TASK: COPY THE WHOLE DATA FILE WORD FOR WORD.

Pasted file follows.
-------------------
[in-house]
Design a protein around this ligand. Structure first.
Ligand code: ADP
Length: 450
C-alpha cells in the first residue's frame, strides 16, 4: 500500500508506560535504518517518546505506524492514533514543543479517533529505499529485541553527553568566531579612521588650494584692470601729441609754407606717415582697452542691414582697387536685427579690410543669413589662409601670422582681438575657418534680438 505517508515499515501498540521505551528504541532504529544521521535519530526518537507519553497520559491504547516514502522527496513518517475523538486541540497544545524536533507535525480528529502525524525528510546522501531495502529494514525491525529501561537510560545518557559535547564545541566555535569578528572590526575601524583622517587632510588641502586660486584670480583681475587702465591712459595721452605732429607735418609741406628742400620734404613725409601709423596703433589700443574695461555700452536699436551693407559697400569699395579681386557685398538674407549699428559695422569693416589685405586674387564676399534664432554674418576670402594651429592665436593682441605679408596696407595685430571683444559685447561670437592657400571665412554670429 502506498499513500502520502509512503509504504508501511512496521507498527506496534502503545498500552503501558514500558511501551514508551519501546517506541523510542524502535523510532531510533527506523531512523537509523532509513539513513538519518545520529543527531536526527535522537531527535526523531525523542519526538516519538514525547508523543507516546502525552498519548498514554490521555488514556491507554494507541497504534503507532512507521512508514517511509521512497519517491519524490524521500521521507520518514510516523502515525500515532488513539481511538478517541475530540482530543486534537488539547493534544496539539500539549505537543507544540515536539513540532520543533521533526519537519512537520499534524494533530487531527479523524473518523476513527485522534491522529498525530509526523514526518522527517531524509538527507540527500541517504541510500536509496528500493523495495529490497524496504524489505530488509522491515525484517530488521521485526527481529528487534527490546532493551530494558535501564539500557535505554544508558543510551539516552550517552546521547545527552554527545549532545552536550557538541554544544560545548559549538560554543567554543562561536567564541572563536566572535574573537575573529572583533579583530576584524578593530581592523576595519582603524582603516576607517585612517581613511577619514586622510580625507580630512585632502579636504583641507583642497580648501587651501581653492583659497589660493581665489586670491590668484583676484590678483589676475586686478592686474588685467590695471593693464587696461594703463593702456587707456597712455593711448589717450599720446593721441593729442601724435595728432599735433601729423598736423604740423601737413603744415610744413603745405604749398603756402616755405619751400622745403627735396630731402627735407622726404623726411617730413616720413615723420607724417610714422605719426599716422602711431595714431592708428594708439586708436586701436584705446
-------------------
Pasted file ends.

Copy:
[in-house]
Design a protein around this ligand. Structure first.
Ligand code: ADP
Length: 450
C-alpha cells in the first residue's frame, strides 16, 4: 500500500508506560535504518517518546505506524492514533514543543479517533529505499529485541553527553568566531579612521588650494584692470601729441609754407606717415582697452542691414582697387536685427579690410543669413589662409601670422582681438575657418534680438 505517508515499515501498540521505551528504541532504529544521521535519530526518537507519553497520559491504547516514502522527496513518517475523538486541540497544545524536533507535525480528529502525524525528510546522501531495502529494514525491525529501561537510560545518557559535547564545541566555535569578528572590526575601524583622517587632510588641502586660486584670480583681475587702465591712459595721452605732429607735418609741406628742400620734404613725409601709423596703433589700443574695461555700452536699436551693407559697400569699395579681386557685398538674407549699428559695422569693416589685405586674387564676399534664432554674418576670402594651429592665436593682441605679408596696407595685430571683444559685447561670437592657400571665412554670429 502506498499513500502520502509512503509504504508501511512496521507498527506496534502503545498500552503501558514500558511501551514508551519501546517506541523510542524502535523510532531510533527506523531512523537509523532509513539513513538519518545520529543527531536526527535522537531527535526523531525523542519526538516519538514525547508523543507516546502525552498519548498514554490521555488514556491507554494507541497504534503507532512507521512508514517511509521512497519517491519524490524521500521521507520518514510516523502515525500515532488513539481511538478517541475530540482530543486534537488539547493534544496539539500539549505537543507544540515536539513540532520543533521533526519537519512537520499534524494533530487531527479523524473518523476513527485522534491522529498525530509526523514526518522527517531524509538527507540527500541517504541510500536509496528500493523495495529490497524496504524489505530488509522491515525484517530488521521485526527481529528487534527490546532493551530494558535501564539500557535505554544508558543510551539516552550517552546521547545527552554527545549532545552536550557538541554544544560545548559549538560554543567554543562561536567564541572563536566572535574573537575573529572583533579583530576584524578593530581592523576595519582603524582603516576607517585612517581613511577619514586622510580625507580630512585632502579636504583641507583642497580648501587651501581653492583659497589660493581665489586670491590668484583676484590678483589676475586686478592686474588685467590695471593693464587696461594703463593702456587707456597712455593711448589717450599720446593721441593729442601724435595728432599735433601729423598736423604740423601737413603744415610744413603745405604749398603756402616755405619751400622745403627735396630731402627735407622726404623726411617730413616720413615723420607724417610714422605719426599716422602711431595714431592708428594708439586708436586701436584705446